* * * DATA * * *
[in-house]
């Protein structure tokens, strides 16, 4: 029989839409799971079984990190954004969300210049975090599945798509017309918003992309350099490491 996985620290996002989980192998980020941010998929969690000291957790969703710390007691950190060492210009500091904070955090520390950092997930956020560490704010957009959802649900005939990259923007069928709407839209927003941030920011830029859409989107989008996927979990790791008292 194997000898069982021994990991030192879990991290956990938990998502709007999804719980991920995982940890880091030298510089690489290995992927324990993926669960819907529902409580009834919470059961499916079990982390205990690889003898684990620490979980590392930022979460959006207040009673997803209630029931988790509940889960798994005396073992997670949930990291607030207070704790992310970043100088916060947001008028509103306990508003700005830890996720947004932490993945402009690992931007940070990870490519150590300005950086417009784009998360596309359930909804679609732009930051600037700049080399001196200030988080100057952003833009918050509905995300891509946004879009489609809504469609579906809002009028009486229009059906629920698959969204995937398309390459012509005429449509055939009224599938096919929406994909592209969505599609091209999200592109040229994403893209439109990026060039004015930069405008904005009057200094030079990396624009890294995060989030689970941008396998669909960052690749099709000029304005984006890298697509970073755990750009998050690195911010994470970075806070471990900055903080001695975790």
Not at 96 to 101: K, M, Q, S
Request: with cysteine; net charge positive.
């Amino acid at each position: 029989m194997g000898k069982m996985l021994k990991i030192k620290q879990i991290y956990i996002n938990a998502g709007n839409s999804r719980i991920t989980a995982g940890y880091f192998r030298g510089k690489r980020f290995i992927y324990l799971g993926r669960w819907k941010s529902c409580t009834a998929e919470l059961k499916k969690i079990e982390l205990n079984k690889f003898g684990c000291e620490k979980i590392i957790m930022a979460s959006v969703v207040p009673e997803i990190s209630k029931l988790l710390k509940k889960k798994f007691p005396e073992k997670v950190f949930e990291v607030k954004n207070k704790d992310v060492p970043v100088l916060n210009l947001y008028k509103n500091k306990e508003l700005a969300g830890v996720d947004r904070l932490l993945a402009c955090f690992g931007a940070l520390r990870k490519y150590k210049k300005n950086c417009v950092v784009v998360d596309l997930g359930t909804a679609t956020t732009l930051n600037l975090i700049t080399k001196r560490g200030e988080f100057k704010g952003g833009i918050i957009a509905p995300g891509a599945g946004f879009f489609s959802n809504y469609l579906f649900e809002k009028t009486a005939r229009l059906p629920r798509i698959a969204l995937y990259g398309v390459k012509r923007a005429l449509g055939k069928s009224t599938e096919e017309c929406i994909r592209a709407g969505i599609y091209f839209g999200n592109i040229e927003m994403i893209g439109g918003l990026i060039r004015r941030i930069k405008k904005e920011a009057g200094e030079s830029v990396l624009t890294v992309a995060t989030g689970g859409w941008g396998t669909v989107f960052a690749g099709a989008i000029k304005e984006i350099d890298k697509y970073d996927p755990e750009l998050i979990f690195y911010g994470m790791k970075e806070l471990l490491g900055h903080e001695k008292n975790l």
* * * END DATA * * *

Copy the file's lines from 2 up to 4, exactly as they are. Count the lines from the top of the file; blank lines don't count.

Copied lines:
């Protein structure tokens, strides 16, 4: 029989839409799971079984990190954004969300210049975090599945798509017309918003992309350099490491 996985620290996002989980192998980020941010998929969690000291957790969703710390007691950190060492210009500091904070955090520390950092997930956020560490704010957009959802649900005939990259923007069928709407839209927003941030920011830029859409989107989008996927979990790791008292 194997000898069982021994990991030192879990991290956990938990998502709007999804719980991920995982940890880091030298510089690489290995992927324990993926669960819907529902409580009834919470059961499916079990982390205990690889003898684990620490979980590392930022979460959006207040009673997803209630029931988790509940889960798994005396073992997670949930990291607030207070704790992310970043100088916060947001008028509103306990508003700005830890996720947004932490993945402009690992931007940070990870490519150590300005950086417009784009998360596309359930909804679609732009930051600037700049080399001196200030988080100057952003833009918050509905995300891509946004879009489609809504469609579906809002009028009486229009059906629920698959969204995937398309390459012509005429449509055939009224599938096919929406994909592209969505599609091209999200592109040229994403893209439109990026060039004015930069405008904005009057200094030079990396624009890294995060989030689970941008396998669909960052690749099709000029304005984006890298697509970073755990750009998050690195911010994470970075806070471990900055903080001695975790």
Not at 96 to 101: K, M, Q, S
Request: with cysteine; net charge positive.